Cruising the Dalmatian Coast and the Ionian Sea

from$ 7560 AUD

Note: Current p/p indicative rate. Final price may change due to currency fluctuations.

Le Lyrial
Athens to Venice

Specials expires 2025-01-01
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Up to 30% Off - Ponant Bonus

Up to 30% Off - Ponant Bonus




In alliance with Smithsonian Journeys. This cruise is part of a collection of PONANT voyages that are specially-tailored for English-speaking travellers who want to engage with the world. In addition to the usual elements of the PONANT experience, the listed price for these voyages includes transfers to and from the ship, talks and discussions aboard ship by world class experts, and a shore excursion or activity in each port of call that encourages guests to embrace the sights, sounds, tastes, and smells of the local environment and culture. The eastern shore of the Adriatic Sea – the Dalmatian Coast – is rich in the culture and art of ancient, medieval, Renaissance, and Baroque worlds and home to some of the most charming and welcoming towns and villages to be found anywhere. Your voyage begins when you depart Athens, transit the Corinth Canal, and arrive in the small port town of Itea the following morning. You may choose to visit Delphi, home of the oracle of Apollo, whose massive ruins dominate an entire hillside. Or travel to St. Lucas Monastery, which, like Delphi, is a UNESCO World Heritage site—one of the most important monuments of Middle Byzantine art and architecture in the world. A cruise along the shores of the Ionian Sea brings you to the Albanian port of Sarandë, from which you may travel to the UNESCO World Heritage site of Butrint, whose ruins span 2,500 years and include the remains of a Greek acropolis, Roman theater, and 19th-century fortress. Be on deck as Le Lyrial sails into the deep, fjord-like Bay of Kotor to reach the port town of the same name, also a UNESCO World Heritage site, located at the head of the bay beneath towering mountains. This delightful town is the pride of Montenegro, and you will have a full day to explore its richly varied history. Set on a rocky peninsula jutting into the Adriatic Sea, Dubrovnik, despite a devastating earthquake in 1667 and the ravages of many wars, is one of Europe’s best-preserved medieval cities and a designated UNESCO World Heritage site. Discover Dubrovnik's old city on a guided tour or visit the surrounding countryside before enjoying time at leisure to explore this marvelous city on your own in the evening. The port of Ploče serves as your gateway to the Bosnian city of Mostar, which under the Ottoman Turks became a thriving administrative and cultural center. Severely damaged in the military conflict of the 1990s, the town was declared a World Heritage site and now showcases what the restoration work of UNESCO can accomplish. During your time on the island of Hvar, tour the island’s charming principal town. Or you may choose to visit a lavender farm in the countryside and enjoy some of the most beautiful views available along the Croatian coast. Your journey comes to an end as your ship sails into Venice's famous lagoon.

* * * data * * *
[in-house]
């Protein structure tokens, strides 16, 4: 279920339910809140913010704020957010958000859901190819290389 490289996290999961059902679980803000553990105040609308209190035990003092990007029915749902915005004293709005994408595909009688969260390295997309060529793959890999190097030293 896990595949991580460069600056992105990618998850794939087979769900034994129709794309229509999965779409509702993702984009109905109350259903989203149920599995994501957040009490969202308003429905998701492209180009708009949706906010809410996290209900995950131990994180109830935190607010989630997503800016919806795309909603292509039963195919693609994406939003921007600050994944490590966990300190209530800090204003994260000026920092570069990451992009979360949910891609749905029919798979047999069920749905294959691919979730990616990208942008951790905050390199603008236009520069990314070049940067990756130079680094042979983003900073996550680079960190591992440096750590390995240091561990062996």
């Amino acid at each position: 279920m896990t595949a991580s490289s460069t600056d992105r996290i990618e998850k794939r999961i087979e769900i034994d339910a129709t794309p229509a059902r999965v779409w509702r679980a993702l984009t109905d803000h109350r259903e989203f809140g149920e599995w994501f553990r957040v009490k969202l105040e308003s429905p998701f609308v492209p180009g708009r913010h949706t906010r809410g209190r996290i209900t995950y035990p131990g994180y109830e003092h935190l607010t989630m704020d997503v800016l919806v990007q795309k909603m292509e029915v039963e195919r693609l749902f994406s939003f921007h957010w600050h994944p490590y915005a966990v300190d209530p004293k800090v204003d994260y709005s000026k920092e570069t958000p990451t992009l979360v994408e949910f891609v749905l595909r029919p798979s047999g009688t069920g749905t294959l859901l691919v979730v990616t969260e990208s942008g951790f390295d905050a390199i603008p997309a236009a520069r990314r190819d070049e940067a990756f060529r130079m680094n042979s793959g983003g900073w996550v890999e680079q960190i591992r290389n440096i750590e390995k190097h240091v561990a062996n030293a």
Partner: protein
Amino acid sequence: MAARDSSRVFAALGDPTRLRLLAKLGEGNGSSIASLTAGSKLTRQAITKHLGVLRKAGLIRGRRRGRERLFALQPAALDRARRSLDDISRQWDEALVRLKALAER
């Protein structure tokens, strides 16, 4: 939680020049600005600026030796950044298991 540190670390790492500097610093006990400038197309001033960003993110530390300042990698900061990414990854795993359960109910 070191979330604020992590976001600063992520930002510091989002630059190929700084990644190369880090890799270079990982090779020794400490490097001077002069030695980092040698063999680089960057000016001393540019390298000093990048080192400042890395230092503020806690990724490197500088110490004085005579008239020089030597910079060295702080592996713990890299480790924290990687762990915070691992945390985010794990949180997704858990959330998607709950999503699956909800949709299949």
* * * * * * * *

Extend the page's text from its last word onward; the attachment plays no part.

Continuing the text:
• 8 Days
  • Le Lyrial

Cruise Itinerary

  • Athens (Greece)
  • Venice (Italy)
  • Adriatic


Note: Current p/p indicative rate. Final price may change due to currency fluctuations.

Cruise Itinerary

The Greek capital city is located on the edge of the Saronic gulf, in the east of the country. It bears a plural name in reference to the first villages that surround the Acropolis. You will be enchanted by the rocky plateau presided by its monuments listed as UNESCO World Heritage. In the city below, you can visit some of the liveliest districts in Athens: Plaka, with its maze of colourful streets, and where, in the evenings the drifting aroma of moussaka and garlic prawns will tickle your taste buds. The National Archaeological museum and the Cycladic Art Museum are also some of the city’s key attractions and allow visitors to discover Athens’ cultural past. The Corinth Canal cuts through the Isthmus of Corinth, turning the Peloponnese into an island as it separates the region from the Greek mainland. Inaugurated in 1893, the canal is a little over six kilometres long and enables merchant vessels and passenger to avoid a long 400-km detour around the peninsula. The two sides of the canal reach a height of approximately fifty metres. From the exterior decks, don’t miss this unique opportunity to watch the ship as it navigates along the narrow strip of water encased between tall, ochre cliffs. What an experience!

Tucked away in the Gulf of Corinth, this little port is situated in continental Greece, north-west of Athens. Take an easy stroll along the old cobblestone quays, while gazing at the summits encircling the Bay of Itea. We wouldn’t be surprised if you are tempted by a visit to the Delphi Sanctuary. The sanctuary is located on a plateau on the slope of Mount Parnassus, just ten kilometres from Itea. A listed UNESCO World Heritage site, this is a once-in-a-lifetime experience whose ancient ruins are surrounded by steep mountains.